In Pyongyang North Korean officials denounced Washington’s “hostile policy,” backed by “military threats” and “nuclear threats.” All of which is true, though, of course, the U.S. responded to the DPRK’s own “hostile” behavior. The U.S. intervened to defend the Republic of Korea after the 1950 North Korean invasion and would have liberated the entire peninsula had China not entered the conflict. Gen. Douglas MacArthur then advocated using nuclear weapons, a threat also employed by the incoming Eisenhower administration to “encourage” Beijing to conclude an armistice.

Once that agreement was reached, the U.S. forged a “Mutual Defense” treaty (in practice it runs only one way, of course) with the South and maintained a garrison, backed by nuclear weapons on the peninsula (since withdrawn), joint military exercises with the South, and ample reinforcements nearby. Such measures obviously threatened the North Korean regime.

Ironically, the end of the Cold War enhanced the danger facing Pyongyang. First Moscow and then Beijing opened diplomatic relations with South Korea, while the U.S. and Japan continued to isolate the DPRK, leaving the latter truly alone, without any real allies or even friends, other than fellow impoverished but brutal hellholes such as Cuba.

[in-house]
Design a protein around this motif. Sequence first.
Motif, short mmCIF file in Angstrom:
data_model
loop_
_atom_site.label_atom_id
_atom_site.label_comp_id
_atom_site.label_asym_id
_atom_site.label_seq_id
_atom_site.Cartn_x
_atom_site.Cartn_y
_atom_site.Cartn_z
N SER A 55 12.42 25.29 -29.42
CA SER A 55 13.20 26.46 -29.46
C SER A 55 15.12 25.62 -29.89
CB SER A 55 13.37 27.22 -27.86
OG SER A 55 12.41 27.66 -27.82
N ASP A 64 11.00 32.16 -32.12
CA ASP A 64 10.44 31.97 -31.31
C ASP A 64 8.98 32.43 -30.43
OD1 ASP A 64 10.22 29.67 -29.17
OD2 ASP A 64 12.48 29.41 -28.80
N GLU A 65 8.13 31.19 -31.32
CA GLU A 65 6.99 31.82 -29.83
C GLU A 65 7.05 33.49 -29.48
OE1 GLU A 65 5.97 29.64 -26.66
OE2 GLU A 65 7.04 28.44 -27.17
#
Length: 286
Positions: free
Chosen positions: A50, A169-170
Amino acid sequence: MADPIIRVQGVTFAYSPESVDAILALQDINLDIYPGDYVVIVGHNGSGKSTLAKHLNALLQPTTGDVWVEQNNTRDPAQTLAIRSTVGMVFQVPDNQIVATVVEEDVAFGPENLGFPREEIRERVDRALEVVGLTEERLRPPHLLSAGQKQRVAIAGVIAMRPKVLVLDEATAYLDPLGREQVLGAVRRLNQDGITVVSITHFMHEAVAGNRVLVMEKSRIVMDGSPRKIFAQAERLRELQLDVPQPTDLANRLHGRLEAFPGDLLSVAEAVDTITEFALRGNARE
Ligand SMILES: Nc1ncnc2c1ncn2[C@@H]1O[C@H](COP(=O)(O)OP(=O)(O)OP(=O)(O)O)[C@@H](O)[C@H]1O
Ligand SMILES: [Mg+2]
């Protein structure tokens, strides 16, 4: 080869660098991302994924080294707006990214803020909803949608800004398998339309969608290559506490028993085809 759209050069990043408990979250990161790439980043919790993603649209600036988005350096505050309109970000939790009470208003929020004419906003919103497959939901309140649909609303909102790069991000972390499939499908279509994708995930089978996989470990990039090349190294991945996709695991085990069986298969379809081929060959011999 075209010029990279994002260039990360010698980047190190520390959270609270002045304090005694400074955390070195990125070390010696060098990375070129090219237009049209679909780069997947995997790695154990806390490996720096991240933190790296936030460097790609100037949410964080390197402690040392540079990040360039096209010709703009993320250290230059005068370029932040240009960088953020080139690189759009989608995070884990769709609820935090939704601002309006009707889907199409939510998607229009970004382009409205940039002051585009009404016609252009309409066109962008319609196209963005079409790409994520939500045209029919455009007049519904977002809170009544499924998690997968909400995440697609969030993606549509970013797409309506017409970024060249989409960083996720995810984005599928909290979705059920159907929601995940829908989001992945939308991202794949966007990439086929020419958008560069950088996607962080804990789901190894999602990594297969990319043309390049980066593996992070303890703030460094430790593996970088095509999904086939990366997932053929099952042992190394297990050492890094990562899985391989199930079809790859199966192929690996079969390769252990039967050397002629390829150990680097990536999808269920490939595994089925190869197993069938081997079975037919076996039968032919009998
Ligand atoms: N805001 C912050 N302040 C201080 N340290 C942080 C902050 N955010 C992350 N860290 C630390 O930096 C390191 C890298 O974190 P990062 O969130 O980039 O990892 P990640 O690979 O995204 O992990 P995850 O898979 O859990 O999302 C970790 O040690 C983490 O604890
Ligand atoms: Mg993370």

Moreover, after the demise of the Soviet Union America no longer restrained itself militarily. Indeed, no nation has used force more often over the last three decades. Washington ousted governments in Panama, Afghanistan, Iraq, and Libya; threatened an invasion to overthrow Haiti’s government; sought to capture de facto rulers in Somalia; dismantled Serbia; and backed the overthrow of Syria’s Bashar al-Assad. Washington used non-military means to support “color revolutions” in Georgia and Ukraine and later encourage a street revolution against the latter’s elected president. Kim has good reason to be paranoid, Secretary of State Rex Tillerson’s protestations to the contrary notwithstanding.